Copied from LTWF
If there’s one thing I love, it’s a bad boy. I’m a sucker for stories where Lonely Girl befriends him and fills his horrible life with puppies and sunshine. I adore the push-and-pull dynamic of “good vs. evil” and their otherwise messed up relationship. I live for those scenes where Bad Boy reverts back to his badness and Lonely Girl is left feeling devastated until Bad Boy realizes his mistake and transforms into a knight in shining armor.
But you’ve got to admit, that’s pretty cliché. And as much as we love the stereotype, it isn’t very realistic.
Up for discussion today is #24 on my Intern Tips list: Black clothes, tattoos, and an earring do not a bad boy make.
Like you all, I’m a pretty avid reader. My book shelf is full of beloved YA novels that contain the stereotypical bad boy. And until recently, I thought nothing of it. I didn’t actually pay attention to the unrealistic portrayal of my favorite male characters. Instead, I was sucked in by my favorite cliché and never bother to look beyond it. It’s fiction, I told myself. It’s not meant to be realistic.
And while it’s true that fiction doesn’t have to be realistic, lately I’ve come to find that these stereotypes and generalizations just don’t cut it for me anymore. After all the submissions I’ve read, after all the books I’ve bought, and after all the blog entries and articles I’ve read, I’ve decided I want a realistic story I can get behind. I want a bad boy who’s actually bad.
But where do we draw the line between bad boys and “bad boys”?
Based on the reading I’ve done in the last few months (both published and unpublished), most “bad boys” seem to be labeled as such simply because of their physical appearance. They wear all black, or have a leather jacket. They have ripped up jeans and dark, brooding eyes. Their black, grungy hair tends to fall in their face, and an earring hangs from one or both ears. They might have a tattoo or six as well. But beyond that, they aren’t much of a bad boy at all. They’re just quiet or misunderstood. Maybe their home life isn’t so great. But, overall, they’re generally not bad people. You’d feel safe spending time with them, and to be honest, your grandma probably would too. Basically, the guy’s harmless.
But if your character really is an honest-to-god bad boy, you have to dig beneath the surface. Maybe they wear black, but it isn’t a requirement. So what if they don’t have tattoos? A true bad boy is all personality. They’re rude, they cheat on their girlfriends, and they get in fights. They’re uncomfortable to be around and bring your insecurities to the forefront. Maybe they drink excessively, smoke, or do drugs. Maybe all three. But, generally, they aren’t the guy you’d want to bring home to Daddy.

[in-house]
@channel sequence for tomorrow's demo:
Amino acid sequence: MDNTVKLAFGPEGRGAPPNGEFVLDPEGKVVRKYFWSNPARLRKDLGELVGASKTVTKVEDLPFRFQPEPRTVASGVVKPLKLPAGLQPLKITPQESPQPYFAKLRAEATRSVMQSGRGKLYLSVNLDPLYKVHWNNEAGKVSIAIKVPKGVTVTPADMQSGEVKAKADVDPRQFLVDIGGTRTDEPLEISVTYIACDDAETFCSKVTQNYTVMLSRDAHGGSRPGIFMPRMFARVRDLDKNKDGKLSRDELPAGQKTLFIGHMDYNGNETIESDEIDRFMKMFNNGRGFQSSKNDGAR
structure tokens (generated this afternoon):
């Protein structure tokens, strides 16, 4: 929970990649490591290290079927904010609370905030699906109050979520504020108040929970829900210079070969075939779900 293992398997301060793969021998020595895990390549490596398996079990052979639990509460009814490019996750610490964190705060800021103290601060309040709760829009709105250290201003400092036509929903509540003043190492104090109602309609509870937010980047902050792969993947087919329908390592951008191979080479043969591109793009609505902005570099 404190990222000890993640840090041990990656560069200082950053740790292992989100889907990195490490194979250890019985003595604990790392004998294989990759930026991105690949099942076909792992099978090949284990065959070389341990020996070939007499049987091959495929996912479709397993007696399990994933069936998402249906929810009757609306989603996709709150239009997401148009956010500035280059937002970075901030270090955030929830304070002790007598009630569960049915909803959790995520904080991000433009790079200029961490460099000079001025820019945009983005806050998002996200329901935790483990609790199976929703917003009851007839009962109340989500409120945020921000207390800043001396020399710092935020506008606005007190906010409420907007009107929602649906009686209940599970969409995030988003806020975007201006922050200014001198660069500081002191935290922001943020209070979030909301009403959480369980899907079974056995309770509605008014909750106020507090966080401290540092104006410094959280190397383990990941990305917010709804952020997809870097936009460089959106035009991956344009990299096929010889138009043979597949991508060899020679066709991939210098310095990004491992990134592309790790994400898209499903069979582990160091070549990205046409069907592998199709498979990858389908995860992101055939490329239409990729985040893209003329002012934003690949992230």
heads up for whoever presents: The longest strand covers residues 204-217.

Need some examples?
I thought Patch from Becca Fitzpatrick’s HUSH, HUSH was a pretty believable bad boy. He was snide at first, rude, hung out in sketchy pool halls, got into fights, and was an overall mystery. There were times when I didn’t like him, or wanted to slap him just as much as Nora did. Sometimes I questioned his morals or his actions. And in the end, he may have redeemed himself somewhat, but the reader’s left questioning who he really is. Is he still the guy from the beginning of the book, or has he actually changed? Therein lies the mystery, and the reason he can still pull off his bad boy image. I have yet to read CRESCENDO, but I’m assuming the bad boy image carries over; it certainly looks like it, based on the synopsis.
Or how about Draco Malfoy? If you want a perfect example of a bad boy, look no further. He’s a hard-to-read asshole with unclear motivations. Frankly, most of the time you’re just wondering what the heck he’s up to. He’s generally a pretty awful fellow, and yet you somehow feel bad for him. He’s a sympathetic bad boy, and the very best kind. You want to believe he’s good at heart, but is he really?
But there are bad boys in published literature that I think fall short. In another take on the fallen angel story, I didn’t buy into Daniel’s character from Lauren Kate’s FALLEN as much as I’d have liked. Though the overall story is good, and I really enjoyed Luce’s narration, I just couldn’t get behind Daniel. The mystery that Patch presents is absent; Daniel’s motivations seem pretty surface-level. In other words, he wasn’t complex enough. The bad boy image was only skin deep.
And that, dear readers, is where I feel some authors slip up. They forget that some guys really do just wear black but are perfectly harmless. And that there are others, who might also wear black, that have killed someone, or sell drugs for a living. It’s all in the presentation. Your bad boy doesn’t necessarily have to look the part, but he does have to act it.
Also, you have to consider the redemption factor. As you may well know from real life, bad boys can be difficult to change. Girls like to think they can conquer his bad attitude and poor manners, but how often does that actually happen? You’re allowed to bend the rules in fiction – there’s no doubt about that – but make sure you aren’t bending things beyond a reasonable level of belief.
I still read books containing “bad boys,” but these days I pay close attention to the way the author has portrayed him. Maybe the unreliable portrayal of my beloved male character will ruin the story for me, but maybe it won’t. There are still plenty of authors out there who know how to create bad boys that behave exactly how you’d expect. And the closer we can get to that, I think the better off we’ll be.